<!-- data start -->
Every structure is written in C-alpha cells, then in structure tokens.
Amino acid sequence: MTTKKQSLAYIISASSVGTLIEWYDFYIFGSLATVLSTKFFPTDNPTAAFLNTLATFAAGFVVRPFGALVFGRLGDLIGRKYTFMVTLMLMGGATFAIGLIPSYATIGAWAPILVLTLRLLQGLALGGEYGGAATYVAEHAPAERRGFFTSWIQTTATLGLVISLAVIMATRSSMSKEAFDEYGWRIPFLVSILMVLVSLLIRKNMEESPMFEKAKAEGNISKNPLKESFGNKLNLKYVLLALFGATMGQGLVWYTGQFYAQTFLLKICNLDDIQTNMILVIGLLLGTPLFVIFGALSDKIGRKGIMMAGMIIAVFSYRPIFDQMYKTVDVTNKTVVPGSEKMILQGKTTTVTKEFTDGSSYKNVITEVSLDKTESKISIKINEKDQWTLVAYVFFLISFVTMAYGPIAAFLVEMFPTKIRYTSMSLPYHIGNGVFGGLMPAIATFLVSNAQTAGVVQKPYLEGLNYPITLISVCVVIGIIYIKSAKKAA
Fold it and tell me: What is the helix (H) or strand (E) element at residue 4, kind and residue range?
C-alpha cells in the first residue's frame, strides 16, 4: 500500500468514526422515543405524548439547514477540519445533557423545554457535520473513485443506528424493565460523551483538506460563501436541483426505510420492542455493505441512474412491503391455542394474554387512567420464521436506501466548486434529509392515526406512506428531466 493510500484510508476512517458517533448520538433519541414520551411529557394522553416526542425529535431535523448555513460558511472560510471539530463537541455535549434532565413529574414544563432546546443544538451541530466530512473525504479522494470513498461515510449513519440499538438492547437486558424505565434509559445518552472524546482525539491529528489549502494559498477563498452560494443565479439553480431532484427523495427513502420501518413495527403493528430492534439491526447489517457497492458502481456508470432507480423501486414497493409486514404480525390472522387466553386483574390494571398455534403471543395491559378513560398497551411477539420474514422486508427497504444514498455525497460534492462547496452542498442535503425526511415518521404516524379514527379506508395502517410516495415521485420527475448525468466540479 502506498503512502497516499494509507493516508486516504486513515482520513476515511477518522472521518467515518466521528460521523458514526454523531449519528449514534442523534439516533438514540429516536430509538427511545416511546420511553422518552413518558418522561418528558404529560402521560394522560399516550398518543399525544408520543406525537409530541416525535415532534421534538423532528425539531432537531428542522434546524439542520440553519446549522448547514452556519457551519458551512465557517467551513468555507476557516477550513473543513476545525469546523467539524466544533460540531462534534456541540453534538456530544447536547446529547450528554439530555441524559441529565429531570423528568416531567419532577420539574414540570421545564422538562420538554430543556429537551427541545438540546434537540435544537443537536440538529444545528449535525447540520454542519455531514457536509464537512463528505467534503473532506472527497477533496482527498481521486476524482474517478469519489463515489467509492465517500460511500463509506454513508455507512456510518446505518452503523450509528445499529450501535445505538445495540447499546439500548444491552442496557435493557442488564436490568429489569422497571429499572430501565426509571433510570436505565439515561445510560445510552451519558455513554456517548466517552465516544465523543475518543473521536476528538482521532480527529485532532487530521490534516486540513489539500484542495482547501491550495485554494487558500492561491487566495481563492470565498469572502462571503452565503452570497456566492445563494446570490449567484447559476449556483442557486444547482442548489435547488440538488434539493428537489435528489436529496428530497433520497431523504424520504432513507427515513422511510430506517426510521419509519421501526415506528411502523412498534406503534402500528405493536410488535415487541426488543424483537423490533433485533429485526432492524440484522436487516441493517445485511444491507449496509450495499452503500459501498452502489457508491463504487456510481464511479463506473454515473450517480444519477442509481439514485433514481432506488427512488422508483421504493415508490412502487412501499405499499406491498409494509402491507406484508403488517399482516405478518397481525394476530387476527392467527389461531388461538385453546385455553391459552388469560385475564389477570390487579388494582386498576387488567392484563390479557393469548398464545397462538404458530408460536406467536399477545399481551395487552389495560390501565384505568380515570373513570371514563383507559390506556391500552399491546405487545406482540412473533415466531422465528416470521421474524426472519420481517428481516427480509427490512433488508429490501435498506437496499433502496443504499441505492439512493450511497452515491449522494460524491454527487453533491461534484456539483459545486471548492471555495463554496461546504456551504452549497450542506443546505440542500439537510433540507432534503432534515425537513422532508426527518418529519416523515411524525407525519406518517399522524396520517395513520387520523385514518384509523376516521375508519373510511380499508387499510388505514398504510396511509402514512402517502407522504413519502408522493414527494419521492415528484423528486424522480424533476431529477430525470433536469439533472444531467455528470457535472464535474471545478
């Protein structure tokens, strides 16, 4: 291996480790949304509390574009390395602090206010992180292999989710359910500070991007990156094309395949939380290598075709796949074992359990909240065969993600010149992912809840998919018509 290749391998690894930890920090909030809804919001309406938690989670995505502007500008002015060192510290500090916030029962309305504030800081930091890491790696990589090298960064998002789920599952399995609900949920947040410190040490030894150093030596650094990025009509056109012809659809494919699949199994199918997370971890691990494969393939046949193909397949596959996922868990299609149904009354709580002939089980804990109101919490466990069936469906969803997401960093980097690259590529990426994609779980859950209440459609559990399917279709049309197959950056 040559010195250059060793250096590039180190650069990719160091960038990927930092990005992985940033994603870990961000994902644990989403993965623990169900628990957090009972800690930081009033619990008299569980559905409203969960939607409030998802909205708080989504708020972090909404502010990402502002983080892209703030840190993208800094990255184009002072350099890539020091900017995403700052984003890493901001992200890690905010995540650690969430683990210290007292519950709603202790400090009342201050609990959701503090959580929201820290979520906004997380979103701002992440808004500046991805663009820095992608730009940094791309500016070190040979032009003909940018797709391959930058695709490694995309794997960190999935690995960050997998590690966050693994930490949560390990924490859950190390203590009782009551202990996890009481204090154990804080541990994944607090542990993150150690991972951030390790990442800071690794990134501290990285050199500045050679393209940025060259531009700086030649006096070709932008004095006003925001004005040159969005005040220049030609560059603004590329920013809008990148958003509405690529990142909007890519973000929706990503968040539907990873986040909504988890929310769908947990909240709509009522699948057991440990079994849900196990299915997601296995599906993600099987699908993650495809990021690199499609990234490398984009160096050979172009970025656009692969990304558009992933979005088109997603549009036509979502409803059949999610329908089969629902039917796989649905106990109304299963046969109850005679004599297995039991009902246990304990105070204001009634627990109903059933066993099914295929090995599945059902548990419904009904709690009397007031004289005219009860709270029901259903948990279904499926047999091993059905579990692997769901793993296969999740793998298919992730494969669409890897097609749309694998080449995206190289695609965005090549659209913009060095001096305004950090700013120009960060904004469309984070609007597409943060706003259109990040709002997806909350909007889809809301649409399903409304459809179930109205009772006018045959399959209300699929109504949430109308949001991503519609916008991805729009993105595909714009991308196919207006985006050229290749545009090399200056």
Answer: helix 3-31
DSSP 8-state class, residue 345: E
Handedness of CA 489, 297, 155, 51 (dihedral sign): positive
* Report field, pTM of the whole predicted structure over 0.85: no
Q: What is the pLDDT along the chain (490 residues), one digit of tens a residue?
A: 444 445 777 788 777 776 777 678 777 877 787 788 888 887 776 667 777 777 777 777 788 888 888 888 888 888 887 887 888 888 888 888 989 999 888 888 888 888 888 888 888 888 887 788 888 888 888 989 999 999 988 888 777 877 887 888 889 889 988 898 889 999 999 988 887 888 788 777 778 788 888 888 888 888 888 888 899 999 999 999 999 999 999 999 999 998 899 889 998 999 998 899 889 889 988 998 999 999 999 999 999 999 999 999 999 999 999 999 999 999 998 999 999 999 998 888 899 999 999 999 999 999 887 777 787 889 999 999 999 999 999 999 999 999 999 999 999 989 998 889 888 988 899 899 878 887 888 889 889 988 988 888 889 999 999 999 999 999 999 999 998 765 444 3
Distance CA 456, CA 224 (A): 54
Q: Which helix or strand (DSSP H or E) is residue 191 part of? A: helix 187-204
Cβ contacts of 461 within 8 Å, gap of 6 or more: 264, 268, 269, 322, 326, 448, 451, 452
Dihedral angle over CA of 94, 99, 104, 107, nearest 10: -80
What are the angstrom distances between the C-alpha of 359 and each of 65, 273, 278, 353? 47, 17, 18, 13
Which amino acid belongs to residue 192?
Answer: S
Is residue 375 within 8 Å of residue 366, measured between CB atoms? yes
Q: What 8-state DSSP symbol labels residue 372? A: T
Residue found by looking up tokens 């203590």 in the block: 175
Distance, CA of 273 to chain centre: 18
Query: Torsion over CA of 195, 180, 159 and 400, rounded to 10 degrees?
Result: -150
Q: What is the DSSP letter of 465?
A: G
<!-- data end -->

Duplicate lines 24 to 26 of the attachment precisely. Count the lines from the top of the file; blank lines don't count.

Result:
Result: -150
Q: What is the DSSP letter of 465?
A: G